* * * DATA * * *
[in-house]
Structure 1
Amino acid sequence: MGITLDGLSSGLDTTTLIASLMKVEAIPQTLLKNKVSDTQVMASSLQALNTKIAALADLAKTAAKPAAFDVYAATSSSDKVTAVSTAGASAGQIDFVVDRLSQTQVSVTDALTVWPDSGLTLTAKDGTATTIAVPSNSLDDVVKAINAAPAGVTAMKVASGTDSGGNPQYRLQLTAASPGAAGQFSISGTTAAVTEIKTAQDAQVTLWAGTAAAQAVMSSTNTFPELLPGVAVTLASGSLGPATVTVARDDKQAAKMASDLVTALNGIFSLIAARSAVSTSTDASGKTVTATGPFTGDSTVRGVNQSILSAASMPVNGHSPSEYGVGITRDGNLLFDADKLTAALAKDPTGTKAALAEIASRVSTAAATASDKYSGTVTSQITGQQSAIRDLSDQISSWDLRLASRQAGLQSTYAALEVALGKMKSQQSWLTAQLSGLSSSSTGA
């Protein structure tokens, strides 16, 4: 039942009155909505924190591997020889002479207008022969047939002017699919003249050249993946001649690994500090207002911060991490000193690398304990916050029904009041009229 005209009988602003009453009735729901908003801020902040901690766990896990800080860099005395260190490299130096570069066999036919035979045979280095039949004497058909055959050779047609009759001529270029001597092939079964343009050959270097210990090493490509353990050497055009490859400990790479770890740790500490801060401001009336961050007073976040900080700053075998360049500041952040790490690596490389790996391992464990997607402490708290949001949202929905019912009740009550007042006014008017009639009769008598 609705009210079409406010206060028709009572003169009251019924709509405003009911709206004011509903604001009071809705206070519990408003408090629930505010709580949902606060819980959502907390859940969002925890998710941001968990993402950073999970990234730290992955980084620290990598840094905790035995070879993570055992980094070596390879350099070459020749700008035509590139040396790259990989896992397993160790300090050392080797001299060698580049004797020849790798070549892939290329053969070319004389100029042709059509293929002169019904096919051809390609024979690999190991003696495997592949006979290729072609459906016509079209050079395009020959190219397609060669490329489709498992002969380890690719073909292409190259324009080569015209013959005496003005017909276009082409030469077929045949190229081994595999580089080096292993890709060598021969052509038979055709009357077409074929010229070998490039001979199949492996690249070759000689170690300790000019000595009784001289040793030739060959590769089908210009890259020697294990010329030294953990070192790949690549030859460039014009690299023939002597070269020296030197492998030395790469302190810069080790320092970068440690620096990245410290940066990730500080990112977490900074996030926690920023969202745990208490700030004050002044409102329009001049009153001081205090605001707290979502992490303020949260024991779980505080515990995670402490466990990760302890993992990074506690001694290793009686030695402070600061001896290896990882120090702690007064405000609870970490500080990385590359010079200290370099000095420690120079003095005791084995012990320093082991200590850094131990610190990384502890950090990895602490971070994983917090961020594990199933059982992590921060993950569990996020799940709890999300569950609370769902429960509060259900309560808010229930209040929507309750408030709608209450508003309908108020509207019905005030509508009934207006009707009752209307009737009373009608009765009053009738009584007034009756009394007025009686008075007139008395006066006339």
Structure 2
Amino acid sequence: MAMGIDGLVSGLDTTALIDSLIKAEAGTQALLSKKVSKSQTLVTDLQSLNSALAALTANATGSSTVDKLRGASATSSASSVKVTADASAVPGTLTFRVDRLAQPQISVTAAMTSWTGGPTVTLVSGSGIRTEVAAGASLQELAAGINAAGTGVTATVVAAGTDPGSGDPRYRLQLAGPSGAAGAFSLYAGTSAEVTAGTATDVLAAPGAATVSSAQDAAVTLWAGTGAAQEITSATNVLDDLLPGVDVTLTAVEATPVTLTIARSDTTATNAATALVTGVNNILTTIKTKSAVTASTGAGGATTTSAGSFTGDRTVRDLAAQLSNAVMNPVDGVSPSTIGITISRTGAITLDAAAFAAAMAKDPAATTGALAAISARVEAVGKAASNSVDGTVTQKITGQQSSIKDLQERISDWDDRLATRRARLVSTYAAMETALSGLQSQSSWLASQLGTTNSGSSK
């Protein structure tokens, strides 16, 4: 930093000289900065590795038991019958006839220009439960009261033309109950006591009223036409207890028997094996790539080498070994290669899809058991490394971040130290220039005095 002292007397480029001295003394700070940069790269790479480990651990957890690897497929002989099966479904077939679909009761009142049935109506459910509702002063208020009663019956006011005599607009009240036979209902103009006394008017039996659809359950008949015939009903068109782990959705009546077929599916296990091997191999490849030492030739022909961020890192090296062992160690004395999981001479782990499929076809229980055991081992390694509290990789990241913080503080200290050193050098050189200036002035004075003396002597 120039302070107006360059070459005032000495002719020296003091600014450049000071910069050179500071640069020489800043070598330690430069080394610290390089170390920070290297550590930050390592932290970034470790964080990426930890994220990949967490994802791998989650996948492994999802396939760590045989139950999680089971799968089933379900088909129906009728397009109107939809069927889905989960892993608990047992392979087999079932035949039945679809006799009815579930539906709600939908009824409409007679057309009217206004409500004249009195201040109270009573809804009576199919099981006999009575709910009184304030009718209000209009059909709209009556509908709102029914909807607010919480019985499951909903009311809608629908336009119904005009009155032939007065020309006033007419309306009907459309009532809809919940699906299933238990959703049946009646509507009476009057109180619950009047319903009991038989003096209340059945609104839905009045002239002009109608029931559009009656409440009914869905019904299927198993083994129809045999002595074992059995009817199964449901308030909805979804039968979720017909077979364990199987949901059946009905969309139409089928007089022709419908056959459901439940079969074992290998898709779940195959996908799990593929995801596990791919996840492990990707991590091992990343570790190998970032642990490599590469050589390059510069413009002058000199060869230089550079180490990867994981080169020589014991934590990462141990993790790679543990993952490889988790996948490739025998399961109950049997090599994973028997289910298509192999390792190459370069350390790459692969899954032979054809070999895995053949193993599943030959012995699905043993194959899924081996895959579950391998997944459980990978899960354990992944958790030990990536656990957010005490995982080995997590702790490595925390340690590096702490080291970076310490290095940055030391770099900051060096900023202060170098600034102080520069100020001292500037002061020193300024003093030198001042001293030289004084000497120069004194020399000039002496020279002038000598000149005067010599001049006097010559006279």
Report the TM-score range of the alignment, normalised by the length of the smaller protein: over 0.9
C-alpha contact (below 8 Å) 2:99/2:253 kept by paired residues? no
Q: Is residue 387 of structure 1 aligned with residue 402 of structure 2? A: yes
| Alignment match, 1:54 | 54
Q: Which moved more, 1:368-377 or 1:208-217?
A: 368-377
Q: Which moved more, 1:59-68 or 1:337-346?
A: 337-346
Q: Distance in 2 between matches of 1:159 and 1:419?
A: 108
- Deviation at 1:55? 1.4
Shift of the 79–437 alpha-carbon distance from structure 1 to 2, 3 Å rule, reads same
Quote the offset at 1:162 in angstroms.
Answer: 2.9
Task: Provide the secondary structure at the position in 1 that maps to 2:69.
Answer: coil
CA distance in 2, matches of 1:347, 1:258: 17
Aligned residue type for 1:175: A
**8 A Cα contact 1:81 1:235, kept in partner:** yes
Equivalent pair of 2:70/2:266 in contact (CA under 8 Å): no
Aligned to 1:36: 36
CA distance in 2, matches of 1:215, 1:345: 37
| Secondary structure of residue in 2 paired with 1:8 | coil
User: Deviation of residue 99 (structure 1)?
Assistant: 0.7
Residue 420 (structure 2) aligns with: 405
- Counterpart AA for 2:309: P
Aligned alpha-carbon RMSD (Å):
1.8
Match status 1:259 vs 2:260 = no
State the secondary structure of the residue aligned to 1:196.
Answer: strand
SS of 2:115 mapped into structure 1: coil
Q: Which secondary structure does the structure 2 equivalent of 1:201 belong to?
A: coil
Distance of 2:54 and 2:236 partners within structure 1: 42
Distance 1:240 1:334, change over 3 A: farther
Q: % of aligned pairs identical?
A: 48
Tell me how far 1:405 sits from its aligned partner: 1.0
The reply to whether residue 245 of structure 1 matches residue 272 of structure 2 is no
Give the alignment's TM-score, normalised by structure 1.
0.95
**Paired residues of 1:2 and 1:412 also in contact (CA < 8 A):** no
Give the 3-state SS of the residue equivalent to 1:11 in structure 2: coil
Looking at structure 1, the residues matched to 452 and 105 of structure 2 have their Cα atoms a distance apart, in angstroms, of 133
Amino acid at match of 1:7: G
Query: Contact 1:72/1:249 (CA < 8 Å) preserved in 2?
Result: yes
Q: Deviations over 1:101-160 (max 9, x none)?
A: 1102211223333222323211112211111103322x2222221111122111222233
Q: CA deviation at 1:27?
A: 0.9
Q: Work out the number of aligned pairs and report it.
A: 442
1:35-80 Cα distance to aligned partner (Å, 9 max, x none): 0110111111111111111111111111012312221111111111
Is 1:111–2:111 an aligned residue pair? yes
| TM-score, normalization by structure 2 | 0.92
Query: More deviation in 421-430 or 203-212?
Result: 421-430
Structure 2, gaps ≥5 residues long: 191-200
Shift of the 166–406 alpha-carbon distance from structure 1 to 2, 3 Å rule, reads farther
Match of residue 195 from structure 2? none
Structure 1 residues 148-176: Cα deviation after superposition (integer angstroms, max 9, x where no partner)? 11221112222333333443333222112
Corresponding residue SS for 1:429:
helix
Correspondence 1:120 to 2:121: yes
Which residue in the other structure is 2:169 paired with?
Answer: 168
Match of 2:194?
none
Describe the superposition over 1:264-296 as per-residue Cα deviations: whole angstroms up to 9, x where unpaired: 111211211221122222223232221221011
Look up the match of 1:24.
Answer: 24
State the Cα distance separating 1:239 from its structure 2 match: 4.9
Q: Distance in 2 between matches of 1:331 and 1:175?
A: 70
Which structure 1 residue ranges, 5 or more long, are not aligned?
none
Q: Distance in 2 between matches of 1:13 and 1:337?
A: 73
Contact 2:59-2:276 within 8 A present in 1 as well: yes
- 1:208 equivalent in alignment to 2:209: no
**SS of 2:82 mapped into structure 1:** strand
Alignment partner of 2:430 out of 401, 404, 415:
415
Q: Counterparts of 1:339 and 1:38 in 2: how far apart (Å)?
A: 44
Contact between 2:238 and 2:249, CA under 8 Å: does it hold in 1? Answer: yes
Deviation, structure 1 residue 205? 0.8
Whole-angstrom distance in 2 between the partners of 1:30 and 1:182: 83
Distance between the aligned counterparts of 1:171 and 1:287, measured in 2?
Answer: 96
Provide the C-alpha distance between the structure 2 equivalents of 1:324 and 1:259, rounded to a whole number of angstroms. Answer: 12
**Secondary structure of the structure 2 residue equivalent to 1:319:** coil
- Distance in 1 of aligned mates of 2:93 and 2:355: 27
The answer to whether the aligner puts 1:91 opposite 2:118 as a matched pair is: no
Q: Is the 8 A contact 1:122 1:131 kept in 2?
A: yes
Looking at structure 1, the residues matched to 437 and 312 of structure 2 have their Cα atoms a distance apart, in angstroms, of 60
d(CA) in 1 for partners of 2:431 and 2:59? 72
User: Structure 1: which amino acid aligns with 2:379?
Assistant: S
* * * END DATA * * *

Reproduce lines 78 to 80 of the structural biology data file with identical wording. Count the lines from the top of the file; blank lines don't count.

none
Describe the superposition over 1:264-296 as per-residue Cα deviations: whole angstroms up to 9, x where unpaired: 111211211221122222223232221221011
Look up the match of 1:24.